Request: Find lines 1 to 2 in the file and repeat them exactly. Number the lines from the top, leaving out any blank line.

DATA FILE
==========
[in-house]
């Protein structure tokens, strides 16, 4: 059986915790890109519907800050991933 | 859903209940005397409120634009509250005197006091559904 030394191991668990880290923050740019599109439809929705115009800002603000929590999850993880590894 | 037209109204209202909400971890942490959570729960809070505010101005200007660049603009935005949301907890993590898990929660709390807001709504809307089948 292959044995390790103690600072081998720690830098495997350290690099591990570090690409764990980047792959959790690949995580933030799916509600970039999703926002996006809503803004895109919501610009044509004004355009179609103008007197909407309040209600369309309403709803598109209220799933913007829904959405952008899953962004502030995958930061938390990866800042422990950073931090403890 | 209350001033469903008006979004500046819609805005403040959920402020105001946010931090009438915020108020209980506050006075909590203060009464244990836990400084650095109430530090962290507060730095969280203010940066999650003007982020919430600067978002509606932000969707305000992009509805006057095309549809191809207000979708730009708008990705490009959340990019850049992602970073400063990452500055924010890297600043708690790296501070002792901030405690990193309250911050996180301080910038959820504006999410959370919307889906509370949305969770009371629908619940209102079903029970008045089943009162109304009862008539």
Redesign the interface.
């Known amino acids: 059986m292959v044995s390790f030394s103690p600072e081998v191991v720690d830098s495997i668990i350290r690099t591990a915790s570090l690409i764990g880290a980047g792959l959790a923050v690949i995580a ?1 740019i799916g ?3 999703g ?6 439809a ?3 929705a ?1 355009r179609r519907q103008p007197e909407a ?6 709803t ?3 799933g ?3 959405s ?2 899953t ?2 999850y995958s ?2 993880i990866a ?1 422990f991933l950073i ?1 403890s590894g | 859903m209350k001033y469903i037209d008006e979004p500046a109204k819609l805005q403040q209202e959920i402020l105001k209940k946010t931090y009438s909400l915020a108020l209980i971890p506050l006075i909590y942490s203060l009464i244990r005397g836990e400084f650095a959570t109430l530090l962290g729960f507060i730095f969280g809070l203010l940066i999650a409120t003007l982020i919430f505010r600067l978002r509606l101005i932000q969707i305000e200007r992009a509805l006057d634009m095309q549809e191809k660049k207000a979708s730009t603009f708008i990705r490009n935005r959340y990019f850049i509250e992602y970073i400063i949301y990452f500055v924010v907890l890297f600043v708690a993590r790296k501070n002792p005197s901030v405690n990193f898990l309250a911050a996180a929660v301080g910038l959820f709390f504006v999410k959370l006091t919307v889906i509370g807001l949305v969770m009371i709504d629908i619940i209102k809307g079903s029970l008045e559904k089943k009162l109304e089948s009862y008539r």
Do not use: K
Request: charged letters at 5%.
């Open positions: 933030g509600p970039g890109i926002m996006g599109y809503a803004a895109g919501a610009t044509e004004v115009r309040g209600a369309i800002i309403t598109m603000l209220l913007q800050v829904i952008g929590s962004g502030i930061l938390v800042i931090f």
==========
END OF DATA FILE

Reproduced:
[in-house]
């Protein structure tokens, strides 16, 4: 059986915790890109519907800050991933 | 859903209940005397409120634009509250005197006091559904 030394191991668990880290923050740019599109439809929705115009800002603000929590999850993880590894 | 037209109204209202909400971890942490959570729960809070505010101005200007660049603009935005949301907890993590898990929660709390807001709504809307089948 292959044995390790103690600072081998720690830098495997350290690099591990570090690409764990980047792959959790690949995580933030799916509600970039999703926002996006809503803004895109919501610009044509004004355009179609103008007197909407309040209600369309309403709803598109209220799933913007829904959405952008899953962004502030995958930061938390990866800042422990950073931090403890 | 209350001033469903008006979004500046819609805005403040959920402020105001946010931090009438915020108020209980506050006075909590203060009464244990836990400084650095109430530090962290507060730095969280203010940066999650003007982020919430600067978002509606932000969707305000992009509805006057095309549809191809207000979708730009708008990705490009959340990019850049992602970073400063990452500055924010890297600043708690790296501070002792901030405690990193309250911050996180301080910038959820504006999410959370919307889906509370949305969770009371629908619940209102079903029970008045089943009162109304009862008539």